“The meaning and role of ideology in system justification and resistance for high- and low-status people”

[Social Psychology]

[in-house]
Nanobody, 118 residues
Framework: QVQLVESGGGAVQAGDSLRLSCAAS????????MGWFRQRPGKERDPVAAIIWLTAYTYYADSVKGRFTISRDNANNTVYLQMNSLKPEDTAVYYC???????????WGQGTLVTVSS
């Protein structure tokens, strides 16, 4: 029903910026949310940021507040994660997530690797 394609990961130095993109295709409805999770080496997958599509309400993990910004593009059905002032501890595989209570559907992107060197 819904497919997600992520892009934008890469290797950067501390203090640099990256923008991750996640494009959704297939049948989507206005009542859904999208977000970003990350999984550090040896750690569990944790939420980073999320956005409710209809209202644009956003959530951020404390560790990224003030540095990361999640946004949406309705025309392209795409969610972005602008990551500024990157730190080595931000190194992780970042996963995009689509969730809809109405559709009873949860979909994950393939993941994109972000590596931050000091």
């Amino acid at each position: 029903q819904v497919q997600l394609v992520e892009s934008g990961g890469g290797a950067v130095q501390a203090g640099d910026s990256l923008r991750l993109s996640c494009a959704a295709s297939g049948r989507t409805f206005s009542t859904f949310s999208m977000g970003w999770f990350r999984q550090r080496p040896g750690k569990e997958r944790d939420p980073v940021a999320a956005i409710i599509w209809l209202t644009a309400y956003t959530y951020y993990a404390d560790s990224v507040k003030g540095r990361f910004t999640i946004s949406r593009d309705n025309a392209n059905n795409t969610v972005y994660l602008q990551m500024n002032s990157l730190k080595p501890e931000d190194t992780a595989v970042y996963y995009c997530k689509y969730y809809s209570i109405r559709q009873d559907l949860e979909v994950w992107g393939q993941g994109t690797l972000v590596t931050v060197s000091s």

The American Dream, touting equality, meritocracy, and democracy, is still very much alive, though it remains, as always, just that: a dream. In a series of three studies, published in Journal of Personality and Social Psychology, Zimmerman & Reyna found that participants still endorsed those quintessentially-American ideals, but participants also felt like actual society is currently falling short of attaining them. The difference between the actual and the idealized was pronounced in lower socio-economic participants, who perceived a bigger difference between the two than participants with higher incomes. Interestingly, however, lower-income participants tended to affirm the existing system at least as strongly, if not more so, than their wealthier counterparts.  Previous research has been taken this as evidence of a system justification that sustains inequality. Zimmerman & Reyna instead argue that idealized belief endorsement among the low-income group represents holding an existing and imperfect system to its higher aspirations. Though this only looks at financial divisions, this research suggests that underprivileged and oppressed groups may support the ideals of a failing system without endorsing its faulty actualization.

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